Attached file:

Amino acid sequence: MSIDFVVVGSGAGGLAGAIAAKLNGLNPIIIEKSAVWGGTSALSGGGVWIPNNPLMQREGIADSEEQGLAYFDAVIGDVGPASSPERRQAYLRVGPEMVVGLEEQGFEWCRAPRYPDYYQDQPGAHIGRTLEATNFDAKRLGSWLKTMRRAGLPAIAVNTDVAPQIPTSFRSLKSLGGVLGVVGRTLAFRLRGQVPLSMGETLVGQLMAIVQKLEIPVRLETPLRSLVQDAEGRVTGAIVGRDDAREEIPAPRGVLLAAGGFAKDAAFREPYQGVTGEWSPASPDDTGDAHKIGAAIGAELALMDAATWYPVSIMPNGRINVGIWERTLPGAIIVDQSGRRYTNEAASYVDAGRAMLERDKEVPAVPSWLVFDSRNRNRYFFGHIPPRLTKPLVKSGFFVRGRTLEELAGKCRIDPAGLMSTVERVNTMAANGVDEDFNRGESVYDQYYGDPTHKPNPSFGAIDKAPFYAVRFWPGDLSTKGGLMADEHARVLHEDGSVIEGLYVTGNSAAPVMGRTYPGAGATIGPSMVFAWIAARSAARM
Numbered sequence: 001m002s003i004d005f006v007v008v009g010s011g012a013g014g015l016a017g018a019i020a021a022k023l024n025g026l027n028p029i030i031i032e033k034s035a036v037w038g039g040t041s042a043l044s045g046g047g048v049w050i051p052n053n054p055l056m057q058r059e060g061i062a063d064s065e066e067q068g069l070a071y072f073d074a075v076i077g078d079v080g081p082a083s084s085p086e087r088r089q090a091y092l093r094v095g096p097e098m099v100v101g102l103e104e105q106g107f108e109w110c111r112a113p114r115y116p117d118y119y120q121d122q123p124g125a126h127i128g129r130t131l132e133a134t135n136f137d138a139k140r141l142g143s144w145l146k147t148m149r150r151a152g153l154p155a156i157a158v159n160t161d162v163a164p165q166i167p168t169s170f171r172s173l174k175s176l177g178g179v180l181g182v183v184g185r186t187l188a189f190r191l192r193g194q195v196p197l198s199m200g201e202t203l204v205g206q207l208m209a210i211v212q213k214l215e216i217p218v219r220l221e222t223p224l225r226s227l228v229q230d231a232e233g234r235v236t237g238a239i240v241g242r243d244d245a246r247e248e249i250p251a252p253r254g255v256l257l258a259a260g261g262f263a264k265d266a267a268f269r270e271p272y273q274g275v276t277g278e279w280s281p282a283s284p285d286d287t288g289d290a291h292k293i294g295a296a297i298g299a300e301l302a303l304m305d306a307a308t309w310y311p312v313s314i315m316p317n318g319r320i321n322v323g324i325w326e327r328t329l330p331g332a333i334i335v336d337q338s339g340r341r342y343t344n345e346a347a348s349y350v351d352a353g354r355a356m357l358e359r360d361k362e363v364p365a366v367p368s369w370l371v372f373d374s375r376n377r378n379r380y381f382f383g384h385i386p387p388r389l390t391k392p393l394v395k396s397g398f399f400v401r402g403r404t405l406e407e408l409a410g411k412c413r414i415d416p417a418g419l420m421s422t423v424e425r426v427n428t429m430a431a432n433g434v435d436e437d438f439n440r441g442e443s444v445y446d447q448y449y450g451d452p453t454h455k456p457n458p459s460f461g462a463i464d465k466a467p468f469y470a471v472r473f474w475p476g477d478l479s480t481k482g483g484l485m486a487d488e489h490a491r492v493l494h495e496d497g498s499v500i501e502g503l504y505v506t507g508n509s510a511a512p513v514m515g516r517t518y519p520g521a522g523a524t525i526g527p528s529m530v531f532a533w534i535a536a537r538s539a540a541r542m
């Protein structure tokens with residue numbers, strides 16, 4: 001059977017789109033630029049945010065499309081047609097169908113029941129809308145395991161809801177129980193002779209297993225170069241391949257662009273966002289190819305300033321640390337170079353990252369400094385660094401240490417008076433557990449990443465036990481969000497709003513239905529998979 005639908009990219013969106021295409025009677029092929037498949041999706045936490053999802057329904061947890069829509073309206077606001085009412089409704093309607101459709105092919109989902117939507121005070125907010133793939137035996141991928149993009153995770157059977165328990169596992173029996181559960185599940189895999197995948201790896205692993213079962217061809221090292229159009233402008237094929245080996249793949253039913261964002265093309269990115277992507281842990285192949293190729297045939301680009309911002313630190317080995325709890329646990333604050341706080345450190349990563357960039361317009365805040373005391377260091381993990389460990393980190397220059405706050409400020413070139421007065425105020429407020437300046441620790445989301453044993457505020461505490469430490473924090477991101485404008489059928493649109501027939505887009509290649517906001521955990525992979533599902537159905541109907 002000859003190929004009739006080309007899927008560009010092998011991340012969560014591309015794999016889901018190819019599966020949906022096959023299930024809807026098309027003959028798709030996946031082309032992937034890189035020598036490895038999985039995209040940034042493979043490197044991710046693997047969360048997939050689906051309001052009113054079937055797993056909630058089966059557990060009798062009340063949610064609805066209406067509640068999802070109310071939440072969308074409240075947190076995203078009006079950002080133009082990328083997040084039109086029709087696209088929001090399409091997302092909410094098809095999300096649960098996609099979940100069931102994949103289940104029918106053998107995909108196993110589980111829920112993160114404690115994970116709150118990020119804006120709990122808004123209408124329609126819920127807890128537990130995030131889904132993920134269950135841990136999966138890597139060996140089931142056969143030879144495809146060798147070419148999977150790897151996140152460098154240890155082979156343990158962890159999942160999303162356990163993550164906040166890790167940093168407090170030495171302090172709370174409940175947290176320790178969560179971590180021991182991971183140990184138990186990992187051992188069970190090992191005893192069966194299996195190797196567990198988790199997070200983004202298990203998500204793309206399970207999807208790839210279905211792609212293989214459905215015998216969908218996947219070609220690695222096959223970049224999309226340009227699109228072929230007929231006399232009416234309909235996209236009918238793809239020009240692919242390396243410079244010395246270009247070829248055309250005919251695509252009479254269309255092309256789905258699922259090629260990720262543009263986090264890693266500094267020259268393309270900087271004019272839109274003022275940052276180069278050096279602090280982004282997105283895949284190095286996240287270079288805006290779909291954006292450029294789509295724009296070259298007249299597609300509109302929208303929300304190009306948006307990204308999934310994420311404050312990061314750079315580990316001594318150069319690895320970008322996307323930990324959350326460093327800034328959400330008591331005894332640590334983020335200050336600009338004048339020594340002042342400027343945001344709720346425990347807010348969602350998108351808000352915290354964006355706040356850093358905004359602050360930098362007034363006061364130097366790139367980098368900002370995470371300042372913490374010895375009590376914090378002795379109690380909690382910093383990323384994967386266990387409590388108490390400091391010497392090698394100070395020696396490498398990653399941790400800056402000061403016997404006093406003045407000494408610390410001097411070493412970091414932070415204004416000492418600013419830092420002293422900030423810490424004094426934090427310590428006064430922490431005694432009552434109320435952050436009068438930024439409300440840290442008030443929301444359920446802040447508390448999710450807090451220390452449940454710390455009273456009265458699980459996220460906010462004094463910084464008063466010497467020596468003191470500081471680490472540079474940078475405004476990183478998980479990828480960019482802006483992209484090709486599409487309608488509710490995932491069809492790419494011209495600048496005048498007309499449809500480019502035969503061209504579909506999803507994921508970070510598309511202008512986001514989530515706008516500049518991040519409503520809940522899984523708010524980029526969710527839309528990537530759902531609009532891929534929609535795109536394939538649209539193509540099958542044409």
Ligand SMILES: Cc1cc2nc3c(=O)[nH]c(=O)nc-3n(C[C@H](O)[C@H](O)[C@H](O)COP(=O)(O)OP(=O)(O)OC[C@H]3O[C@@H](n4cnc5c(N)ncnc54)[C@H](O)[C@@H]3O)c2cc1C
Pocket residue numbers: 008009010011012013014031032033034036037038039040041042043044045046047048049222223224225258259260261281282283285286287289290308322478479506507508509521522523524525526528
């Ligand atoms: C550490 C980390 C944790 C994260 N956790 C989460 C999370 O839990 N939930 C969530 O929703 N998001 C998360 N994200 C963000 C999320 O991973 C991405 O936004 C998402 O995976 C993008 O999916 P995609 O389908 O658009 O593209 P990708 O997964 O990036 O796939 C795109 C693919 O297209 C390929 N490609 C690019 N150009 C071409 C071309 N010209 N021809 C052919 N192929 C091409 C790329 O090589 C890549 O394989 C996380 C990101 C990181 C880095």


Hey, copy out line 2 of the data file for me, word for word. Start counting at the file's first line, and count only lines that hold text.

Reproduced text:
Numbered sequence: 001m002s003i004d005f006v007v008v009g010s011g012a013g014g015l016a017g018a019i020a021a022k023l024n025g026l027n028p029i030i031i032e033k034s035a036v037w038g039g040t041s042a043l044s045g046g047g048v049w050i051p052n053n054p055l056m057q058r059e060g061i062a063d064s065e066e067q068g069l070a071y072f073d074a075v076i077g078d079v080g081p082a083s084s085p086e087r088r089q090a091y092l093r094v095g096p097e098m099v100v101g102l103e104e105q106g107f108e109w110c111r112a113p114r115y116p117d118y119y120q121d122q123p124g125a126h127i128g129r130t131l132e133a134t135n136f137d138a139k140r141l142g143s144w145l146k147t148m149r150r151a152g153l154p155a156i157a158v159n160t161d162v163a164p165q166i167p168t169s170f171r172s173l174k175s176l177g178g179v180l181g182v183v184g185r186t187l188a189f190r191l192r193g194q195v196p197l198s199m200g201e202t203l204v205g206q207l208m209a210i211v212q213k214l215e216i217p218v219r220l221e222t223p224l225r226s227l228v229q230d231a232e233g234r235v236t237g238a239i240v241g242r243d244d245a246r247e248e249i250p251a252p253r254g255v256l257l258a259a260g261g262f263a264k265d266a267a268f269r270e271p272y273q274g275v276t277g278e279w280s281p282a283s284p285d286d287t288g289d290a291h292k293i294g295a296a297i298g299a300e301l302a303l304m305d306a307a308t309w310y311p312v313s314i315m316p317n318g319r320i321n322v323g324i325w326e327r328t329l330p331g332a333i334i335v336d337q338s339g340r341r342y343t344n345e346a347a348s349y350v351d352a353g354r355a356m357l358e359r360d361k362e363v364p365a366v367p368s369w370l371v372f373d374s375r376n377r378n379r380y381f382f383g384h385i386p387p388r389l390t391k392p393l394v395k396s397g398f399f400v401r402g403r404t405l406e407e408l409a410g411k412c413r414i415d416p417a418g419l420m421s422t423v424e425r426v427n428t429m430a431a432n433g434v435d436e437d438f439n440r441g442e443s444v445y446d447q448y449y450g451d452p453t454h455k456p457n458p459s460f461g462a463i464d465k466a467p468f469y470a471v472r473f474w475p476g477d478l479s480t481k482g483g484l485m486a487d488e489h490a491r492v493l494h495e496d497g498s499v500i501e502g503l504y505v506t507g508n509s510a511a512p513v514m515g516r517t518y519p520g521a522g523a524t525i526g527p528s529m530v531f532a533w534i535a536a537r538s539a540a541r542m